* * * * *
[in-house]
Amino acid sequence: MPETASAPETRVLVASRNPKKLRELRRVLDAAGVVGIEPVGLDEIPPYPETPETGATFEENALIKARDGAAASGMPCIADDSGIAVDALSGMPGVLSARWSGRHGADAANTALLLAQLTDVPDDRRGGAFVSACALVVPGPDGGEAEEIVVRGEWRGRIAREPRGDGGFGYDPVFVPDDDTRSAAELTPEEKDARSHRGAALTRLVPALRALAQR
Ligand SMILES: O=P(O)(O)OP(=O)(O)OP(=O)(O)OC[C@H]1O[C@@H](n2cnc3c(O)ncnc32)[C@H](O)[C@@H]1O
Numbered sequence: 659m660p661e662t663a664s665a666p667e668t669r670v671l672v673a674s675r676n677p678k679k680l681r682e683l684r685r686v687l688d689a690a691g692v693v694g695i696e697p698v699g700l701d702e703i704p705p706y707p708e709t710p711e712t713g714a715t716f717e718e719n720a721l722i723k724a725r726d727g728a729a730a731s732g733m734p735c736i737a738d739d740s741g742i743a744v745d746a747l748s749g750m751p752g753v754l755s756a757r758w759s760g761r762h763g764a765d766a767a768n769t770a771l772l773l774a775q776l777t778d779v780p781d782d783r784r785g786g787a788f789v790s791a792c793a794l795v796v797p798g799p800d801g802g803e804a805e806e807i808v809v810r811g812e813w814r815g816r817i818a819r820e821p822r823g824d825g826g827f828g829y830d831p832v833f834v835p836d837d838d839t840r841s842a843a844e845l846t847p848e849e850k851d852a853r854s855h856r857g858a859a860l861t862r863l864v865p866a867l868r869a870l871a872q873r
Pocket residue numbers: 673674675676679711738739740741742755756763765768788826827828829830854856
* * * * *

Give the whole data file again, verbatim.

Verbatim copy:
[in-house]
Amino acid sequence: MPETASAPETRVLVASRNPKKLRELRRVLDAAGVVGIEPVGLDEIPPYPETPETGATFEENALIKARDGAAASGMPCIADDSGIAVDALSGMPGVLSARWSGRHGADAANTALLLAQLTDVPDDRRGGAFVSACALVVPGPDGGEAEEIVVRGEWRGRIAREPRGDGGFGYDPVFVPDDDTRSAAELTPEEKDARSHRGAALTRLVPALRALAQR
Ligand SMILES: O=P(O)(O)OP(=O)(O)OP(=O)(O)OC[C@H]1O[C@@H](n2cnc3c(O)ncnc32)[C@H](O)[C@@H]1O
Numbered sequence: 659m660p661e662t663a664s665a666p667e668t669r670v671l672v673a674s675r676n677p678k679k680l681r682e683l684r685r686v687l688d689a690a691g692v693v694g695i696e697p698v699g700l701d702e703i704p705p706y707p708e709t710p711e712t713g714a715t716f717e718e719n720a721l722i723k724a725r726d727g728a729a730a731s732g733m734p735c736i737a738d739d740s741g742i743a744v745d746a747l748s749g750m751p752g753v754l755s756a757r758w759s760g761r762h763g764a765d766a767a768n769t770a771l772l773l774a775q776l777t778d779v780p781d782d783r784r785g786g787a788f789v790s791a792c793a794l795v796v797p798g799p800d801g802g803e804a805e806e807i808v809v810r811g812e813w814r815g816r817i818a819r820e821p822r823g824d825g826g827f828g829y830d831p832v833f834v835p836d837d838d839t840r841s842a843a844e845l846t847p848e849e850k851d852a853r854s855h856r857g858a859a860l861t862r863l864v865p866a867l868r869a870l871a872q873r
Pocket residue numbers: 673674675676679711738739740741742755756763765768788826827828829830854856